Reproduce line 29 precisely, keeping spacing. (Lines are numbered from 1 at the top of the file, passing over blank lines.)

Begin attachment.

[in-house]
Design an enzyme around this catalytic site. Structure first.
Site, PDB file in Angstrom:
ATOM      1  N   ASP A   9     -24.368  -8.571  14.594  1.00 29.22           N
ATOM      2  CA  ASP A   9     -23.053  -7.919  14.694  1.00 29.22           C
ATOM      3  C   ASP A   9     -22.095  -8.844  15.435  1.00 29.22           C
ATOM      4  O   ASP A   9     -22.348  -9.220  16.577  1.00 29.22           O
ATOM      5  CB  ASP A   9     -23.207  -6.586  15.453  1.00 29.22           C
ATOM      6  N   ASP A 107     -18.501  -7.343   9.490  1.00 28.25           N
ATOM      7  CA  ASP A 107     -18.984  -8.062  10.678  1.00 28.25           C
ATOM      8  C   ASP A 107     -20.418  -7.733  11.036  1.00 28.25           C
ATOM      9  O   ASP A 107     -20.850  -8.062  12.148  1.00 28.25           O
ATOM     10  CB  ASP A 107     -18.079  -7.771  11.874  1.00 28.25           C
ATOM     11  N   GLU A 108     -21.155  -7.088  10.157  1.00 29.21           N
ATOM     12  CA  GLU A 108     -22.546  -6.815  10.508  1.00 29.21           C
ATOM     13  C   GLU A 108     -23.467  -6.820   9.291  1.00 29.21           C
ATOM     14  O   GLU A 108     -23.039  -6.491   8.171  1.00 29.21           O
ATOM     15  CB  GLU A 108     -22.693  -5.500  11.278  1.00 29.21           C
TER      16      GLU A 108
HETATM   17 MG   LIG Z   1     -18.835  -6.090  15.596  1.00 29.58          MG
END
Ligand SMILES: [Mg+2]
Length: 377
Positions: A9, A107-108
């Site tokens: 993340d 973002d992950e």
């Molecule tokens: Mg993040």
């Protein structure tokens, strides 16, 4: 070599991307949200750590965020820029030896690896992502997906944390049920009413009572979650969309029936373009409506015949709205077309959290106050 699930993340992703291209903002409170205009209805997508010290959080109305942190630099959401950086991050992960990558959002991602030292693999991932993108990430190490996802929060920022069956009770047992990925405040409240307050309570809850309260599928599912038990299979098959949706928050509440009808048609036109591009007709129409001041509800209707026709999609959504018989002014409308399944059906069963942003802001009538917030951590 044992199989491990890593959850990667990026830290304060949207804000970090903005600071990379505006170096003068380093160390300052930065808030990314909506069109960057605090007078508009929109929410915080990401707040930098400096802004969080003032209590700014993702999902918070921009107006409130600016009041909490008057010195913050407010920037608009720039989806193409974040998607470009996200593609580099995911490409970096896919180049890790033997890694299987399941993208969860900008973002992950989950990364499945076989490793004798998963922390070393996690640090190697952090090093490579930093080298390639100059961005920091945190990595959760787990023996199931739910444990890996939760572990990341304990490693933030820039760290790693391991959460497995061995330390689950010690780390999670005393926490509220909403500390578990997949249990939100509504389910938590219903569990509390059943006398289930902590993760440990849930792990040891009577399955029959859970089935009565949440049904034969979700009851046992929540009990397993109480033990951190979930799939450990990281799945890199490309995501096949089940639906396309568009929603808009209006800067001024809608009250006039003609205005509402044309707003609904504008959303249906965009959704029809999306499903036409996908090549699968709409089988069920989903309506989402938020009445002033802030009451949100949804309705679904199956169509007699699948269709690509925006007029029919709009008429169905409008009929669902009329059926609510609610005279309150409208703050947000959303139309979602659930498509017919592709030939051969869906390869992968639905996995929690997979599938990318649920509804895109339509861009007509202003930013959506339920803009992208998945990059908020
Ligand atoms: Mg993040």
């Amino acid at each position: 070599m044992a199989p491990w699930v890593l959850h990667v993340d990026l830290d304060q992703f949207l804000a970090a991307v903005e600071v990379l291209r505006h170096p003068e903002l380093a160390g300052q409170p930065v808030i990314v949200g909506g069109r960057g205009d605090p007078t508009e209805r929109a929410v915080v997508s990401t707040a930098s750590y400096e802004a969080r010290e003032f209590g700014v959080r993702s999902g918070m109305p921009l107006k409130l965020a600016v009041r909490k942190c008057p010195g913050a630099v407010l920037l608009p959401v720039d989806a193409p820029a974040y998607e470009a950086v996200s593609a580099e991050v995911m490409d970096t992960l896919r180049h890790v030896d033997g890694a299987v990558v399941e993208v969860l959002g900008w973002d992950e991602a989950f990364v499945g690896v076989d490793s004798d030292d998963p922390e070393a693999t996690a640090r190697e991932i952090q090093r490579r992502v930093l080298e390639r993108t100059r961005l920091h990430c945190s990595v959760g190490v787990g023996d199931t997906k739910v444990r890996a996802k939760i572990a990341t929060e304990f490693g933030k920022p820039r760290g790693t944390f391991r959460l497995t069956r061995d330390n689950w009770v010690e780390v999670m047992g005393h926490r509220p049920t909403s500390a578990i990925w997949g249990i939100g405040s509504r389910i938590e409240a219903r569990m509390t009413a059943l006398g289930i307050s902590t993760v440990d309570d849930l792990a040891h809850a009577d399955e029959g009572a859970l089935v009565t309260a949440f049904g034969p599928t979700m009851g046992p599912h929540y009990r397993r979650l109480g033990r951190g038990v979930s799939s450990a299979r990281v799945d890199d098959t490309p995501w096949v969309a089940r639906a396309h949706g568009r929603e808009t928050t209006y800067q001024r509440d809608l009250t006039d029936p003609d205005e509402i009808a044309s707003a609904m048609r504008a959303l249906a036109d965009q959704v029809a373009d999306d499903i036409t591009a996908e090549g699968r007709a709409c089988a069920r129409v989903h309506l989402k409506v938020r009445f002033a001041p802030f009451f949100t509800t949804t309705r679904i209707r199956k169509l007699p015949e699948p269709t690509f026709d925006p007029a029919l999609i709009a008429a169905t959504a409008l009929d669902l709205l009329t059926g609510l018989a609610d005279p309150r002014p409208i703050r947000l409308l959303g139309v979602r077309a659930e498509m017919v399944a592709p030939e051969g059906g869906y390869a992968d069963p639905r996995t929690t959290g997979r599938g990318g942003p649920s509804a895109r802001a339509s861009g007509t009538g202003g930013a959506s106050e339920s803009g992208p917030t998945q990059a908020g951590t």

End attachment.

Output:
């Amino acid at each position: 070599m044992a199989p491990w699930v890593l959850h990667v993340d990026l830290d304060q992703f949207l804000a970090a991307v903005e600071v990379l291209r505006h170096p003068e903002l380093a160390g300052q409170p930065v808030i990314v949200g909506g069109r960057g205009d605090p007078t508009e209805r929109a929410v915080v997508s990401t707040a930098s750590y400096e802004a969080r010290e003032f209590g700014v959080r993702s999902g918070m109305p921009l107006k409130l965020a600016v009041r909490k942190c008057p010195g913050a630099v407010l920037l608009p959401v720039d989806a193409p820029a974040y998607e470009a950086v996200s593609a580099e991050v995911m490409d970096t992960l896919r180049h890790v030896d033997g890694a299987v990558v399941e993208v969860l959002g900008w973002d992950e991602a989950f990364v499945g690896v076989d490793s004798d030292d998963p922390e070393a693999t996690a640090r190697e991932i952090q090093r490579r992502v930093l080298e390639r993108t100059r961005l920091h990430c945190s990595v959760g190490v787990g023996d199931t997906k739910v444990r890996a996802k939760i572990a990341t929060e304990f490693g933030k920022p820039r760290g790693t944390f391991r959460l497995t069956r061995d330390n689950w009770v010690e780390v999670m047992g005393h926490r509220p049920t909403s500390a578990i990925w997949g249990i939100g405040s509504r389910i938590e409240a219903r569990m509390t009413a059943l006398g289930i307050s902590t993760v440990d309570d849930l792990a040891h809850a009577d399955e029959g009572a859970l089935v009565t309260a949440f049904g034969p599928t979700m009851g046992p599912h929540y009990r397993r979650l109480g033990r951190g038990v979930s799939s450990a299979r990281v799945d890199d098959t490309p995501w096949v969309a089940r639906a396309h949706g568009r929603e808009t928050t209006y800067q001024r509440d809608l009250t006039d029936p003609d205005e509402i009808a044309s707003a609904m048609r504008a959303l249906a036109d965009q959704v029809a373009d999306d499903i036409t591009a996908e090549g699968r007709a709409c089988a069920r129409v989903h309506l989402k409506v938020r009445f002033a001041p802030f009451f949100t509800t949804t309705r679904i209707r199956k169509l007699p015949e699948p269709t690509f026709d925006p007029a029919l999609i709009a008429a169905t959504a409008l009929d669902l709205l009329t059926g609510l018989a609610d005279p309150r002014p409208i703050r947000l409308l959303g139309v979602r077309a659930e498509m017919v399944a592709p030939e051969g059906g869906y390869a992968d069963p639905r996995t929690t959290g997979r599938g990318g942003p649920s509804a895109r802001a339509s861009g007509t009538g202003g930013a959506s106050e339920s803009g992208p917030t998945q990059a908020g951590t």